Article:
Men and Women React To Their Tinder Date Showing Up Looking Very Different Than Their Photo

Posted on Sep 30 2014 - 9:24am by Lexi Wangler

YouTube account Simple Pickup, specializing in what they would call the art of picking up women, recently published two takes on a fascinating social experiment. Those keeping fairly up to date with the social media world will recognize the use of the online dating platform Tinder, an app where men and women can pick matches based on a short bio and an assortment of photographs. In these videos, Simple Pickup used attractive and fit actors with active profiles and used makeup and fat suits to alter their appearances dramatically.

Sarah meets with five men who she’s been chatting up on Tinder, and their reactions to her drastically different appearance range from polite to unacceptable, as several of the men get up and leave, and one of them accuses her of lying to him, even as Sarah is unendingly polite and pleasant. Only one guy stays till the end of the date, and when she tells him what’s going on, he attributes it to his personal belief in the golden rule.

Will undergoes a similar transformation, but the reactions are somewhat different. Though dismayed at first, all of the women go on to have light and pleasant conversations with him, and none of them run out after the initial shock. The dates continue the same way they would have if Will hadn’t been obese–they talk about pets, about what kind of people they like to date, and ask questions about each other. They laugh, play games and even dance. When lack of compatibility comes up in conversation with one woman, it’s after several attempts to find something in common. Several of the girls plan to see Will again–one of them even kisses him after the date.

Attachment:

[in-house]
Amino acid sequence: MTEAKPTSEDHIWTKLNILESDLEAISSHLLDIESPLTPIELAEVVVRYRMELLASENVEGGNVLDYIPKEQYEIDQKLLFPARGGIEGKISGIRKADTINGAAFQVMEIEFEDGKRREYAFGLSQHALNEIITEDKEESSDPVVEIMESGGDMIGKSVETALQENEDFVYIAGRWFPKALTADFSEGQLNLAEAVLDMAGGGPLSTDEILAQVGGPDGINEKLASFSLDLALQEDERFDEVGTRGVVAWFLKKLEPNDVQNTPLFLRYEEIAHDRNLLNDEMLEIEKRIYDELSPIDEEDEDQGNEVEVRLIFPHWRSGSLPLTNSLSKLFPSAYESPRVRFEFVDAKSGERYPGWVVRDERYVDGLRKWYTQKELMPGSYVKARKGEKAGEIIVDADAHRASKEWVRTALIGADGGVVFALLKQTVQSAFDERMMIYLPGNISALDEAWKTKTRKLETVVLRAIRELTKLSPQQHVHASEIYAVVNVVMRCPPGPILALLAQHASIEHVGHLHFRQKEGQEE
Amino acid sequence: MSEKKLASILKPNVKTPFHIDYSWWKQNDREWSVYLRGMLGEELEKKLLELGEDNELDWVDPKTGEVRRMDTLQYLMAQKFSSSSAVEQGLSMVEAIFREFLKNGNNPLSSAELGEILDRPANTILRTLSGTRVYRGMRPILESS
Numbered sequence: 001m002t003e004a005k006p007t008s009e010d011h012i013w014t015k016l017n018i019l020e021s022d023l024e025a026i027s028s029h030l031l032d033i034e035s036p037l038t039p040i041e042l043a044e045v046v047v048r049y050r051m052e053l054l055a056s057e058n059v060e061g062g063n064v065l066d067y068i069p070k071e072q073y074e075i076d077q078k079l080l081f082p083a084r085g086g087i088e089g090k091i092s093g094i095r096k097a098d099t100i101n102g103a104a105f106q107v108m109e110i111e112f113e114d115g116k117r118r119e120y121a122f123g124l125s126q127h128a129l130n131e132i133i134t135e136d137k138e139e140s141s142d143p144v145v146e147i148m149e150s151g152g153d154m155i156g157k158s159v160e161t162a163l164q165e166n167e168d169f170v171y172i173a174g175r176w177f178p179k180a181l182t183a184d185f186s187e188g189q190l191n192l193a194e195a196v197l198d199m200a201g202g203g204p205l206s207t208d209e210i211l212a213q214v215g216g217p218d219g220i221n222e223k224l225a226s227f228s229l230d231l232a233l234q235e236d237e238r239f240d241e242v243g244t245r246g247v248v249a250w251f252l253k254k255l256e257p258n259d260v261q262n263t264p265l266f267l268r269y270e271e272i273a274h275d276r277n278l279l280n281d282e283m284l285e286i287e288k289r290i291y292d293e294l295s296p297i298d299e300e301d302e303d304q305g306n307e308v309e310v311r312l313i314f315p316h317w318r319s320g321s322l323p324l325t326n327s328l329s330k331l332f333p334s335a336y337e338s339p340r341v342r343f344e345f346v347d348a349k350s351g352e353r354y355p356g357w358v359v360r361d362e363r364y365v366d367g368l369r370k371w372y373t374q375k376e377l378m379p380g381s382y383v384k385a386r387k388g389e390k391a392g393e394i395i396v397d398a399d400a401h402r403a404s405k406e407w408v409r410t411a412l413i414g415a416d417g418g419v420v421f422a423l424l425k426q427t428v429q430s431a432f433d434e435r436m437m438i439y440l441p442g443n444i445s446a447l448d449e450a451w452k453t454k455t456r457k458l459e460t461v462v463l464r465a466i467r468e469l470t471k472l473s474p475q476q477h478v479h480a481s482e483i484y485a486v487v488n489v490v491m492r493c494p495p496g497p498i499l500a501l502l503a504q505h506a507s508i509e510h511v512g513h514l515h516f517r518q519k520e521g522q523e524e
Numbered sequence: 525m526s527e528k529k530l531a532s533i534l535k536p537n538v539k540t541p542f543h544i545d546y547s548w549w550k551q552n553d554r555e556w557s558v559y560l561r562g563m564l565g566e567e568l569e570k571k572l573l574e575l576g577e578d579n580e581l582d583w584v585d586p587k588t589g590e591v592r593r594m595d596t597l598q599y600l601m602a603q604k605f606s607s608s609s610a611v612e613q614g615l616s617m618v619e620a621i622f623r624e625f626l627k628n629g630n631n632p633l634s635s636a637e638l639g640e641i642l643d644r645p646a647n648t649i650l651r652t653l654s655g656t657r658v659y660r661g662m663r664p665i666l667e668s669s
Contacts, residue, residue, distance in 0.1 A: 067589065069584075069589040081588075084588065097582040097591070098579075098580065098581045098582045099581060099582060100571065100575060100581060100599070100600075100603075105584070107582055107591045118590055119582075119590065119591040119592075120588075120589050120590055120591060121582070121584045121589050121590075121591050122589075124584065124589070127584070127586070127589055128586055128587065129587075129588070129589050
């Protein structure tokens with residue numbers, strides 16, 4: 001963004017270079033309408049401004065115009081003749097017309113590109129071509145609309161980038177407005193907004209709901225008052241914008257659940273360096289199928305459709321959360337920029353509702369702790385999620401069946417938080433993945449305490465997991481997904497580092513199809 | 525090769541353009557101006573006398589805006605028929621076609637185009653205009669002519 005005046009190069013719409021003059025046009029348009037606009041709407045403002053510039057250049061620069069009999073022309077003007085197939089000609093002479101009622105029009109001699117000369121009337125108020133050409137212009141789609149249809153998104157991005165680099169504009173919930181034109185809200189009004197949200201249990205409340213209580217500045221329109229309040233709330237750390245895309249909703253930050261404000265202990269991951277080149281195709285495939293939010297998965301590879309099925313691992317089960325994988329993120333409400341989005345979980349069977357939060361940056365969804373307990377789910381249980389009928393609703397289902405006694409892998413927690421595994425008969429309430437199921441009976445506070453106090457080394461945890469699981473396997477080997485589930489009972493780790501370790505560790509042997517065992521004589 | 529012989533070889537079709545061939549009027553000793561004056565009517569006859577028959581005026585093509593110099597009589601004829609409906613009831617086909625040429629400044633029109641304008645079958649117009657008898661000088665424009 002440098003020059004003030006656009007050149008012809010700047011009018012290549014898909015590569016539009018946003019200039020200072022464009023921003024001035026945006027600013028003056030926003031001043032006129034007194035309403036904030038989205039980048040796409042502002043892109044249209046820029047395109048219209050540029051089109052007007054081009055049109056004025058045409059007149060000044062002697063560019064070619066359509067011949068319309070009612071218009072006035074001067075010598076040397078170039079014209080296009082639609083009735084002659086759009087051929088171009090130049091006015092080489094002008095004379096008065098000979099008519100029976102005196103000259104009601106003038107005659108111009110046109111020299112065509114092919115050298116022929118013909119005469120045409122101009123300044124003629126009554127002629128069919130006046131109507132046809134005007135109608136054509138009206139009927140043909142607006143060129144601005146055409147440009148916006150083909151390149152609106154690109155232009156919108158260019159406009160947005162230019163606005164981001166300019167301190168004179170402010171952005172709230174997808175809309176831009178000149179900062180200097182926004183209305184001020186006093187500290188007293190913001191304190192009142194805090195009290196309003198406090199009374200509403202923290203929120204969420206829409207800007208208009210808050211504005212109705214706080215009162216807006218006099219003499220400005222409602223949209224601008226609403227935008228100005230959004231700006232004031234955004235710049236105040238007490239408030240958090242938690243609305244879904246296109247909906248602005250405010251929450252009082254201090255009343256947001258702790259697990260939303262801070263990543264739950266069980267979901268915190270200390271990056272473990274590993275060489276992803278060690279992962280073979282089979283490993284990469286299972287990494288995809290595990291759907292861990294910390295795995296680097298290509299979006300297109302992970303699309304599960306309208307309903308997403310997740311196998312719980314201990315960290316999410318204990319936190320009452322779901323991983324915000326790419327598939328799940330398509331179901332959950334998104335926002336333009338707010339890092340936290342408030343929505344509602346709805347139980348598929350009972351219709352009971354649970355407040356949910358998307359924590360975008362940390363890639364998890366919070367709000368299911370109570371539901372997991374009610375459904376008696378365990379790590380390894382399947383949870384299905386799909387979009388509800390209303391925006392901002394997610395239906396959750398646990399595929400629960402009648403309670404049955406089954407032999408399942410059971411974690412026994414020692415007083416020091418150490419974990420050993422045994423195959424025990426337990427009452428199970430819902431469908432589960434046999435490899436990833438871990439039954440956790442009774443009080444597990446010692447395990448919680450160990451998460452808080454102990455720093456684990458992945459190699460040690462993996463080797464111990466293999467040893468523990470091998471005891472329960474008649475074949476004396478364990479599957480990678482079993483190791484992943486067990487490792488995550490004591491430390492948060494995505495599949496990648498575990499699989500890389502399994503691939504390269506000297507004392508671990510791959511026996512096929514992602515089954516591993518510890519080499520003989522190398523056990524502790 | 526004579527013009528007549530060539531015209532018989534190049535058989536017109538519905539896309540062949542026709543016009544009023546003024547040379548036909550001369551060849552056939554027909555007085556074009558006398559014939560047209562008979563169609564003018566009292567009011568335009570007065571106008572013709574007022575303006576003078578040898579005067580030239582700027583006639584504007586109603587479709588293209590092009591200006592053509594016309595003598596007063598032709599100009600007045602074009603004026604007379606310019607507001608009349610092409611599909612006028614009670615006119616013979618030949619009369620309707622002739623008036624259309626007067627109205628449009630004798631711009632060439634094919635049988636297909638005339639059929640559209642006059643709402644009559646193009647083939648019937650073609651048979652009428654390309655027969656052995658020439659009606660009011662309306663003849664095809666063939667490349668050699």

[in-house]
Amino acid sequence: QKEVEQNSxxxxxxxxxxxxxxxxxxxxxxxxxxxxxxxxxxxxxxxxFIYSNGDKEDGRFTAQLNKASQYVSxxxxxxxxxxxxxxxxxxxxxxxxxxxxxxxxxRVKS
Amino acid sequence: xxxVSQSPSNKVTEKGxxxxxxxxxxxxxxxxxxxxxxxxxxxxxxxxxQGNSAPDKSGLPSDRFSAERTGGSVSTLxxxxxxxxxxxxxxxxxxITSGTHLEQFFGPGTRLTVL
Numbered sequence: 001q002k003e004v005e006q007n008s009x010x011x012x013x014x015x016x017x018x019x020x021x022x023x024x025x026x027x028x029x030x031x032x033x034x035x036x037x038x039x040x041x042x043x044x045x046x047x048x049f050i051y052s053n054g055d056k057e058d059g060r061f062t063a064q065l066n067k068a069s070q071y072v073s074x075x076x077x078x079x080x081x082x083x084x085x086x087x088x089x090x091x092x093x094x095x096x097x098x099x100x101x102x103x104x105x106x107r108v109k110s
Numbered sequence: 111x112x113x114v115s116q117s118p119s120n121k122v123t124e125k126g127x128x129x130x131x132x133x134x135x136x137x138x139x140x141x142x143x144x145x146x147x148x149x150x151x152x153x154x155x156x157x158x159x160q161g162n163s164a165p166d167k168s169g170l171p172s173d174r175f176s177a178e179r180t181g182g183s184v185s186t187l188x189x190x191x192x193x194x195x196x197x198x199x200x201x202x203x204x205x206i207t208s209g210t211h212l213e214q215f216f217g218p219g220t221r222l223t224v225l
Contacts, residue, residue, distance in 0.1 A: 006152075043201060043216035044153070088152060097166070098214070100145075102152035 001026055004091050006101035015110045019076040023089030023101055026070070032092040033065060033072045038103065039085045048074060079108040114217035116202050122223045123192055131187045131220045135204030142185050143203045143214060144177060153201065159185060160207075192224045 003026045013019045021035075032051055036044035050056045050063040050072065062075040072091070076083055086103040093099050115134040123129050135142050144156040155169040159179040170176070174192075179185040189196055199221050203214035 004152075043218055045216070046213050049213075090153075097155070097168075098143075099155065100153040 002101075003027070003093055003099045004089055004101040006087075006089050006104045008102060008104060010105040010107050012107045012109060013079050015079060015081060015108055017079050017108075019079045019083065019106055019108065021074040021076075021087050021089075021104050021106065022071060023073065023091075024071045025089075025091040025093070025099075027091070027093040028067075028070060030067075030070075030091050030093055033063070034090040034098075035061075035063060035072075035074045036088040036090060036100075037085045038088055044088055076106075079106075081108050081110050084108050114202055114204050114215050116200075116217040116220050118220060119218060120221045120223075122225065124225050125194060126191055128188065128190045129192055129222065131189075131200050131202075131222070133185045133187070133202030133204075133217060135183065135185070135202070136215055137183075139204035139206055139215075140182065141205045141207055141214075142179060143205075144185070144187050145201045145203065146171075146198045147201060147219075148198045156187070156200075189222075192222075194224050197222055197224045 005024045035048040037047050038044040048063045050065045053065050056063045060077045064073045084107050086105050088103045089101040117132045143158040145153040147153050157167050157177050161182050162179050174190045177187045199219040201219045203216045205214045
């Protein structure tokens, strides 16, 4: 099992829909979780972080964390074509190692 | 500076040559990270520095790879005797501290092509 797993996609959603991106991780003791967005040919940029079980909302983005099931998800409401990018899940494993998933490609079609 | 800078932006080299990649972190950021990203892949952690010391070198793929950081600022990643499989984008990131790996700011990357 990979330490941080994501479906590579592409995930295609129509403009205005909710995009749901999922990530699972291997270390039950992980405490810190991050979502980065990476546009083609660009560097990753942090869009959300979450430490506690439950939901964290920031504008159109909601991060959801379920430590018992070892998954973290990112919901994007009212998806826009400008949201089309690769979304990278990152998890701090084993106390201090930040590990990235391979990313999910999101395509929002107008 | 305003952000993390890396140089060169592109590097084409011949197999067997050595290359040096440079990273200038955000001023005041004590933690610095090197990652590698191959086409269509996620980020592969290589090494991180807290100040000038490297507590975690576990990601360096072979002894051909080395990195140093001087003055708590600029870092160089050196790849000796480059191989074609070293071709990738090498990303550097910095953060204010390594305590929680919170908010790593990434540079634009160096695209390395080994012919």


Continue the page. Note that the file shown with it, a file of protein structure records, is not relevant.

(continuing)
What does this say to the women of the world who use Tinder and other methods of online dating? Plenty. Give yourselves a pat on the back, ladies, for being less shallow than your male counterparts–but remember, appearance cuts both ways.

About the Author

Lexi Wangler is a first-year MFA student at The New School's School of Writing and aspiring editor. She enjoys sleeping, discovering romantic subplots and the attention of a fourteen-pound calico cat named Snake.

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